Understanding a Diagnosis of ADHD
Challenge of ADHD
Attention Deficit Hyperactivity Disorder (ADHD) can be a difficult thing to live with. Whether or not you or your child has been officially diagnosed, the behaviors associated with ADHD can cause a lot of stress and anxiety in the family. Despite that, you can take heart. The good news is that, while you may be feeling overwhelmed at the moment, you don’t have to stay that way.
What is ADHD and it’s Three Versions?
There are three types of ADHD:
According to the DSM-V, about 5% of children and 2.5% of adults are diagnosed with ADHD annually.
Signs of Hyperactive-Impulsive Version
Fidgeting or squirming
Difficulty playing quietly
Talking excessively; interrupting others
Trouble waiting for his/her turn
Signs of Inattentive Version
Failure to pay attention to details; makes careless mistakes
Difficulty listening to directions
Forgetfulness or lack of interest in doing difficult tasks
Alternatively, a combined presentation will show some combination of signs of both of these symptom lists.
How Do You Get Help?
After getting a diagnosis of ADHD, it might be hard for you to process what to do next. There are a few tools you can use to see what best fits your diagnosis, family dynamic and schedule.
First, you may want to consider seeking therapy. Cognitive Behavioral Therapy (CBT) can be beneficial in teaching both self and emotional regulation, as well as stress management techniques and ways to decrease impulsivity. Other kinds of therapies can help increase self-confidence and self-belief. Developing these traits can help to support other positive behavioral changes. Family therapy offers specific tools and techniques for parents to help adjust their parenting style to more effectively benefit a child who has been diagnosed with ADHD.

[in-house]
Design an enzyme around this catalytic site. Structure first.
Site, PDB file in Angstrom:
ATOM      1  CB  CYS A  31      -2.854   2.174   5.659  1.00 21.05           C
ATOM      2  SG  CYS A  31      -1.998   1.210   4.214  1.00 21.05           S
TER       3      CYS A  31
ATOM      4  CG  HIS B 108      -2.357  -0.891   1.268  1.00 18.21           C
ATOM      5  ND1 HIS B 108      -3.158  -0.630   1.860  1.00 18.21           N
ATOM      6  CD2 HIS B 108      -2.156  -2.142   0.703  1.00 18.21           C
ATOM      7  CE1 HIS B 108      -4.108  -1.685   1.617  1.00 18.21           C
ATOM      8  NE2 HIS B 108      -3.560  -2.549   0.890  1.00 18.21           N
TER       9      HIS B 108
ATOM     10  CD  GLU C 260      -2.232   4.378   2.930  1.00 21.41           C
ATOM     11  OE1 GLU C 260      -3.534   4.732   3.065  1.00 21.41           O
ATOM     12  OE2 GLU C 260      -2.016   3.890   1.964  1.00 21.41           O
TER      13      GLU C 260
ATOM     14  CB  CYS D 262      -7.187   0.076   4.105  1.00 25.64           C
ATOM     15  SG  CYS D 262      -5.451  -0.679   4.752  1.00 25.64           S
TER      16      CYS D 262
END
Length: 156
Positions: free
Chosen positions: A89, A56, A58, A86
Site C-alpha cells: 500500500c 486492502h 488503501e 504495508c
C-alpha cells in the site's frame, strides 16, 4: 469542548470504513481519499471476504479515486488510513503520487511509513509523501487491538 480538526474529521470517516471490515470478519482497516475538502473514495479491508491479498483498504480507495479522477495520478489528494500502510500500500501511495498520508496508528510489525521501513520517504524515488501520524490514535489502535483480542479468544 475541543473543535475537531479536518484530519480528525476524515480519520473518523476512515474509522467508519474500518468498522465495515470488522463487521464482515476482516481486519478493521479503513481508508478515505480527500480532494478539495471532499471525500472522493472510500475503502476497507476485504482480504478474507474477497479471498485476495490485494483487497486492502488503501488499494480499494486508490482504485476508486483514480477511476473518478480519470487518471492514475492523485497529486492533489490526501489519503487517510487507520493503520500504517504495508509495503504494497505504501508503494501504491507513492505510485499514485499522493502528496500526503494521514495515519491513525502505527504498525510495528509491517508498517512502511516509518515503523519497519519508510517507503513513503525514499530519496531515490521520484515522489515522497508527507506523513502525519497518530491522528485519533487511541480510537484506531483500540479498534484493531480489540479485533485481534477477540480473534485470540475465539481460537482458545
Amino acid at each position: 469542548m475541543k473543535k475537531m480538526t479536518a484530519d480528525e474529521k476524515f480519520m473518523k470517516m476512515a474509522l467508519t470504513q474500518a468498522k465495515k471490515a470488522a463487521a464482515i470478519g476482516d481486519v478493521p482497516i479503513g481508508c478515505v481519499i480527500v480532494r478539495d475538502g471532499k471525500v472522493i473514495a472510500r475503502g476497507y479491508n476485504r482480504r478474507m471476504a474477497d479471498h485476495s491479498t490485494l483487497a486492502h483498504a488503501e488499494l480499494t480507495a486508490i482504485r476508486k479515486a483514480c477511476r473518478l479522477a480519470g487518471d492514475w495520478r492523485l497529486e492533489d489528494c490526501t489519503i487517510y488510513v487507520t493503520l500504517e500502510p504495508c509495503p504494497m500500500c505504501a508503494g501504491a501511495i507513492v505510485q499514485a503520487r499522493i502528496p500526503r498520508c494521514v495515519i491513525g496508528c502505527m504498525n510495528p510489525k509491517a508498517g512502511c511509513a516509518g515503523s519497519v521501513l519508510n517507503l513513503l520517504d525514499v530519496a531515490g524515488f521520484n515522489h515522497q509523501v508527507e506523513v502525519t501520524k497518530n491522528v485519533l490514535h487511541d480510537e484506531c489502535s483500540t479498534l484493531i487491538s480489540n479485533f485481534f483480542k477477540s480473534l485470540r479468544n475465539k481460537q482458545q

You may also want to see a medication management professional, like a psychiatrist or clinical nurse practitioner, about taking medication. There are a variety of different types of medication that can help regulate ADHD symptoms and make them more manageable. For instance, medication may increase your attention span, lower hyperactivity or decrease impulsivity. You should know that medications can come with some unwanted side effects. Other considerations for managing ADHD might include developing strategies for modifying how you structure your day, both at home and in the workplace. In terms of your child, schools offer classroom accommodations as well.
Whatever way you choose to manage or treat your ADHD, know you are not alone in your journey. There any number of resources and support systems available to you. Here at Amy Wine Counseling Center, we can provide you with initial therapy, ongoing support and even ADHD evaluation. Call us at 832-421-8714 or email us here to schedule an appointment. We are truly here to help!